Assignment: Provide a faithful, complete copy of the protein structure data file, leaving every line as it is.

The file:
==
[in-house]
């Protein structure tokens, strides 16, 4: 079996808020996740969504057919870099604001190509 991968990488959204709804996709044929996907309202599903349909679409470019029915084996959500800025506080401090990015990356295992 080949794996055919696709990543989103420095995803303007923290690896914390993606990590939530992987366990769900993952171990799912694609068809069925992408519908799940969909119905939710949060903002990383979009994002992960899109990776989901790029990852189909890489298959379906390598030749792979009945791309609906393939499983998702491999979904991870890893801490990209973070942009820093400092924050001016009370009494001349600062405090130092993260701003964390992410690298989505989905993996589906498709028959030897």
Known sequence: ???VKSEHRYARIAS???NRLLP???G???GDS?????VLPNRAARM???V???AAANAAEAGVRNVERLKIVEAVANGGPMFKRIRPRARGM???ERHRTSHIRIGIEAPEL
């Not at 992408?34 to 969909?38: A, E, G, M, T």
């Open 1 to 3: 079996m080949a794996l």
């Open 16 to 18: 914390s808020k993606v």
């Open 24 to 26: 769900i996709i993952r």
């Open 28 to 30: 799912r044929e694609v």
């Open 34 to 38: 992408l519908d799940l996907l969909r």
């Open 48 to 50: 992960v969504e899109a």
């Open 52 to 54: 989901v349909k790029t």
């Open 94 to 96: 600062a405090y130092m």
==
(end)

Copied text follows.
[in-house]
């Protein structure tokens, strides 16, 4: 079996808020996740969504057919870099604001190509 991968990488959204709804996709044929996907309202599903349909679409470019029915084996959500800025506080401090990015990356295992 080949794996055919696709990543989103420095995803303007923290690896914390993606990590939530992987366990769900993952171990799912694609068809069925992408519908799940969909119905939710949060903002990383979009994002992960899109990776989901790029990852189909890489298959379906390598030749792979009945791309609906393939499983998702491999979904991870890893801490990209973070942009820093400092924050001016009370009494001349600062405090130092993260701003964390992410690298989505989905993996589906498709028959030897």
Known sequence: ???VKSEHRYARIAS???NRLLP???G???GDS?????VLPNRAARM???V???AAANAAEAGVRNVERLKIVEAVANGGPMFKRIRPRARGM???ERHRTSHIRIGIEAPEL
């Not at 992408?34 to 969909?38: A, E, G, M, T």
């Open 1 to 3: 079996m080949a794996l």
């Open 16 to 18: 914390s808020k993606v």
């Open 24 to 26: 769900i996709i993952r």
């Open 28 to 30: 799912r044929e694609v």
């Open 34 to 38: 992408l519908d799940l996907l969909r």
């Open 48 to 50: 992960v969504e899109a």
């Open 52 to 54: 989901v349909k790029t």
């Open 94 to 96: 600062a405090y130092m």